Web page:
How a VPN can help hide your search history
Authored by a Symantec employee
Most of us use search engines on a daily basis. But did you ever stop to wonder what happens to your search histories? Now Congress has allowed Internet Service Providers (ISPs) to sell your browsing histories.1 So if you value your privacy, then you may want to learn how a VPN can help hide your IP (Internet Protocol) address, keeping your identity anonymous while you search the Web.
How a VPN helps hide your IP address
Even if you’re using a private browsing mode, your IP information can still be collected. The primary methods for hiding your search history and staying anonymous online are to change your IP address by using a virtual private network (VPN), such as Norton Secure VPN, or a special anonymization service, like Tor.
Tor, a shortened form of “The Onion Router,” works by sending your encrypted and re-encrypted data through several random nodes on the Internet, creating a circuitous route. It’s similar to how you might try to throw someone off your trail while playing hide-and-seek in the woods: by taking a hard-to-follow route and erasing your footprints. Because the various nodes only know the IP address from the node before and after, none of the nodes knows the complete pathway the data takes. Plus, each completed pathway is only valid for 10 minutes and then Tor generates new random paths. However, your data is not encrypted at the exit node.2
With a VPN, your online activities are anonymized and protected because the VPN masks your IP address and encrypts your data throughout the entire transmission. Instead of sending information directly from your IP address, by using a VPN service the VPN server’s IP address is the one associated with your activity. If your VPN service provider has servers around the world, you could appear to be connecting to the Internet from Berlin when you’re actually in Mumbai.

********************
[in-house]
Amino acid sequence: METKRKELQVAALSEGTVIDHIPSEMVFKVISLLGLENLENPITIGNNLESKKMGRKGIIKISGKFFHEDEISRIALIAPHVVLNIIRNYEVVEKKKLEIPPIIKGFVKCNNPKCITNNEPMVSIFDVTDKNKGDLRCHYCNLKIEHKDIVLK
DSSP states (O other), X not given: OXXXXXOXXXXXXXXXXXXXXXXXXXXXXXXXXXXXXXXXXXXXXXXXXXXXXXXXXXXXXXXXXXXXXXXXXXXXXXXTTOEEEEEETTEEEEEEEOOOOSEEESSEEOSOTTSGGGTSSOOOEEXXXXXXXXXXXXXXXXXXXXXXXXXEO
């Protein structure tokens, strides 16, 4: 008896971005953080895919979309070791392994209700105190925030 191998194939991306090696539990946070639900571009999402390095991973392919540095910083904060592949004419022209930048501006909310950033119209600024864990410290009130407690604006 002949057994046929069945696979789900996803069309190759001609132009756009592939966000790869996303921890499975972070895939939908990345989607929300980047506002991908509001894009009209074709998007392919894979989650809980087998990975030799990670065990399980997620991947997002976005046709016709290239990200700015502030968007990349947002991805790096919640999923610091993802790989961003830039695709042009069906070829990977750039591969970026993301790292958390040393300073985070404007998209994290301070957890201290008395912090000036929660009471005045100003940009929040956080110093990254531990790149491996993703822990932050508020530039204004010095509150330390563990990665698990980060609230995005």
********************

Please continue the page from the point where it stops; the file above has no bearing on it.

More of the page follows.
What information can a VPN hide?
Maybe you’re worried about a medical diagnosis, so you turn to the Web for information. Or maybe you’re trying to find the best deal on an airline ticket online. Unfortunately, Web browsers do track your search history. And they associate that information with your IP address, which essentially identifies you and your location much as a return address does.You can clear your cookies and search history from your browser, but chances are your information has already been recorded by your ISP or a website you visited.
So, if you want to keep your personal research private or get that airline ticket at a better rate without getting locked into a price by cookies, remember that your searches and browsing history aren’t as private as you might think.However, there are options for protecting your information and searches from prying eyes, like masking your IP address with a VPN.
Disclaimers and references:
1 ZDnet, “Trump signs law allowing ISPs to sell your browsing history,” April 4, 2017.
2 Torproject.org, “The solution: a distributed, anonymous network.”
Symantec Corporation, the world’s leading cyber security company, allows organizations, governments, and people to secure their most important data wherever it lives. More than 50 million people and families rely on Symantec’s Norton and LifeLock comprehensive digital safety platform to help protect their personal information, devices, home networks, and identities.
Copyright © 2023 NortonLifeLock Inc. All rights reserved. NortonLifeLock, the NortonLifeLock Logo, the Checkmark Logo, Norton, LifeLock, and the LockMan Logo are trademarks or registered trademarks of NortonLifeLock Inc. or its affiliates in the United States and other countries. Firefox is a trademark of Mozilla Foundation. Android, Google Chrome, Google Play and the Google Play logo are trademarks of Google, LLC. Mac, iPhone, iPad, Apple and the Apple logo are trademarks of Apple Inc., registered in the U.S. and other countries. App Store is a service mark of Apple Inc. Alexa and all related logos are trademarks of Amazon.com, Inc. or its affiliates. Microsoft and the Window logo are trademarks of Microsoft Corporation in the U.S. and other countries. The Android robot is reproduced or modified from work created and shared by Google and used according to terms described in the Creative Commons 3.0 Attribution License. Other names may be trademarks of their respective owners.